Union Tribune

October 25, 2003

Privacy bill may curtail safeguards in state law
Congress is considering less-sweeping standards

By TOBY ECKERT
COPLEY NEWS SERVICE

WASHINGTON Two months after Gov. Gray Davis signed the nation's toughest financial privacy law, Congress is poised to gut major aspects of the California law and substitute less-sweeping consumer safeguards.

California Democratic Sens. Dianne Feinstein and Barbara Boxer have mounted a last-ditch effort to preserve the state standards, which, barring federal intervention, will take effect July 1. But they're fighting an uphill battle.

"It's going to be very difficult," Feinstein said.

Boxer spokesman David Sandretti added: "Obviously, there's a lot of momentum behind this thing. We're under no illusions here."

At issue is legislation Davis signed in August that allows Californians to keep banks, insurance agencies and other companies from sharing personal information about them such as bank balances and spending patterns with affiliated businesses.

But legislation moving through Congress would make permanent a federal law barring states from setting their own rules on how companies handle consumer data. Key parts of the privacy law, known as the Fair Credit Reporting Act, would otherwise expire Jan. 1.

The House passed the legislation in September, and the Senate is expected to take it up next week.

The information-sharing provisions have been the subject of intense lobbying, pitting businesses that oppose the California rules against consumer groups that want to preserve them.

The companies say a single national standard on data sharing is needed to ease transactions like mortgage approvals and credit card purchases. Otherwise, "you've got a patchwork of state laws that makes it very difficult to have an efficient, nationwide consumer reporting system," said Charlotte Birch, a spokeswoman for the American Bankers Association.

But consumer groups argue that Congress should impose the California standards nationwide. Under state law, companies within the corporate family of subsidiaries could swap data unless customers take action to deny permission, a process called "opt-out."

Critics say permanent federal legislation would weaken that provision.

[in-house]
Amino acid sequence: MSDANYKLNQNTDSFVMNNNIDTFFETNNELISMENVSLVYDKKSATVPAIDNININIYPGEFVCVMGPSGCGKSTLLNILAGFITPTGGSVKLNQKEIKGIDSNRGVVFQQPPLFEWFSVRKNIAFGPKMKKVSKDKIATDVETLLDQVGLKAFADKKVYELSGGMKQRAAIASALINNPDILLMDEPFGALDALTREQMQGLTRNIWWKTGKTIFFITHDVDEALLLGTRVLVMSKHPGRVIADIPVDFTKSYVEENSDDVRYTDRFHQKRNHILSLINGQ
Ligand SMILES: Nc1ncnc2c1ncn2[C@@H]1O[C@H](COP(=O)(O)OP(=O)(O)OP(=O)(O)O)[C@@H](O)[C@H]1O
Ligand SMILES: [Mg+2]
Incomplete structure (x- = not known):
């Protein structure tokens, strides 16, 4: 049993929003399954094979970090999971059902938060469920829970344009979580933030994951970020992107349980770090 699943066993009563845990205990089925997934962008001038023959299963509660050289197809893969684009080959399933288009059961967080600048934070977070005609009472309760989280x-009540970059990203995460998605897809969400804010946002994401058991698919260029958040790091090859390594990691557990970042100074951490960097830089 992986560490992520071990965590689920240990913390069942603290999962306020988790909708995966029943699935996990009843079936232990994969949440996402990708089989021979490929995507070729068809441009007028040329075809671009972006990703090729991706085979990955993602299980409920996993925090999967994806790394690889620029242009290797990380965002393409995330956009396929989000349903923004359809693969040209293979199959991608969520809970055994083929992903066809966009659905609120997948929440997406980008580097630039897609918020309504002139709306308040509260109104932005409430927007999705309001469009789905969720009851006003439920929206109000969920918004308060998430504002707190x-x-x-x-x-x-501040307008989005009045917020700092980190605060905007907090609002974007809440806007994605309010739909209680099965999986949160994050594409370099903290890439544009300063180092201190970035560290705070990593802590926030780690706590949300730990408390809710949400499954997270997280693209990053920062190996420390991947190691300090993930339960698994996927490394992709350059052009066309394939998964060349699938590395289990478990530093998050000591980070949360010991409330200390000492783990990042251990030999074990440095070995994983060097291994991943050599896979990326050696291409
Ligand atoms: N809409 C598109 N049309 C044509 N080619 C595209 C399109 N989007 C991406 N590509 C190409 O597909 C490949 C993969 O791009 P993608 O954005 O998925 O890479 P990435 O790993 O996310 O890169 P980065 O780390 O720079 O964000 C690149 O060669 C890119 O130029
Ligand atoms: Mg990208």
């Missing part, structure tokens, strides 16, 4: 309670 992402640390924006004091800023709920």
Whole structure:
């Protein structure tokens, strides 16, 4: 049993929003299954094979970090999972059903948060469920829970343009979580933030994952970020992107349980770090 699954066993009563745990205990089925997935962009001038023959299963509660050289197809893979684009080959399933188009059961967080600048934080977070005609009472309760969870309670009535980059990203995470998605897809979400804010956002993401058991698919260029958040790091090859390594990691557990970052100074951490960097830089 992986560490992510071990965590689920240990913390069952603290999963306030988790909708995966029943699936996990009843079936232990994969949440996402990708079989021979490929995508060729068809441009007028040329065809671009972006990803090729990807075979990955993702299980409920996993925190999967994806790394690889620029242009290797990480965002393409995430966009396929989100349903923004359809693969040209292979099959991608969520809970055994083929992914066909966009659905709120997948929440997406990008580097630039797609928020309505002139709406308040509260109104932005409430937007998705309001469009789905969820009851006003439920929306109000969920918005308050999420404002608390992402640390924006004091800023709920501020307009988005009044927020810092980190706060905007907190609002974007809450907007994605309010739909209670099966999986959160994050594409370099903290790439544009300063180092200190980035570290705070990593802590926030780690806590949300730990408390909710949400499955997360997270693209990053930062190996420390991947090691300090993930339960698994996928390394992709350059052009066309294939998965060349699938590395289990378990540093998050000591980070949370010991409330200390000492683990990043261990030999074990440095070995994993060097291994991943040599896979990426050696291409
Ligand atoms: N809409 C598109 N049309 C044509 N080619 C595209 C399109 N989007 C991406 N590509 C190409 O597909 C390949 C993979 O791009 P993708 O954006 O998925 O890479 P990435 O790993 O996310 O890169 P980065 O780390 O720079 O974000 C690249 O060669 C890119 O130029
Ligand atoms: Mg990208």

However, the bill in Congress would not affect another component of the California law that requires companies to get customers' permission before sharing their data with nonaffiliated enterprises, a process called "opt-in."

Supporters of the state law accuse the financial services industry of turning to Congress to block the rules after having backed off their opposition in Sacramento.

Despite the concerns voiced by Californians, key federal lawmakers from both parties apparently see the congressional bill as a step forward for consumers.

The bill would entitle people to a free copy of their own credit reports and credit scores once a year, enable victims of identity theft to mark their reports so businesses can spot fraudulent financial transactions and allows consumers to keep some affiliated companies from sharing data about them for marketing purposes.

"I would have added more consumer protections, but I think, by and large, what we did here is quite constructive," Maryland Sen. Paul Sarbanes, the top Democrat on the Banking Committee, said when the panel approved the legislation in September.

But Feinstein and Boxer say the bill is riddled with loopholes. For instance, the marketing provision would not apply to consumers with a "pre-existing business relationship" with a company.

The senators plan to offer an amendment modeled on California's "opt-out" provision that would allow consumers to keep their financial information from being shared by some corporate affiliates.

Other amendments they are considering would tighten controls on medical information, ban the sale of people's Social Security numbers to the general public, increase penalties for identity theft and allow consumers to find out whether they were denied credit by a financial institution as a result of data supplied by an affiliated company.

The senators also advocated a one-year extension of the current federal law to "allow the Senate to fully debate the merits of the legislation early next year" since the current congressional session is drawing to a close.

Supporters of making the law permanent are fighting the moves.

"We're five yards from the finish line and they want to open up the bill to all kinds of amendments, despite the fact that it received overwhelming bipartisan support in the House and it cleared the Senate Banking panel unanimously," said Birch of the Bankers Association.

Although momentum seems to be going against them, consumer groups plan to maintain a drumbeat of opposition to the federal legislation.

"We're trying to raise the decibels because this is a disastrous bill for California," said Jamie Court, president of the Santa Monica-based Foundation for Taxpayer and Consumer Rights. "It strips Californians of their new privacy rights."

To dramatize its argument that widespread corporate data sharing endangers sensitive personal data, the Foundation hired a plane to skywrite the first five digits of Citigroup Chief Executive Charles Prince's Social Security number above the financial conglomerate's New York headquarters yesterday.

The group had previously bought the Social Security numbers of congressional leaders and top Bush administration officials including Attorney General John Ashcroft from Internet sites for as little as $26.

Also yesterday, a coalition of California consumer groups called on Gov.-elect Arnold Schwarzenegger to lobby on behalf of the state law when he visits Washington next week.

Copyright 2003 Union-Tribune Publishing Co.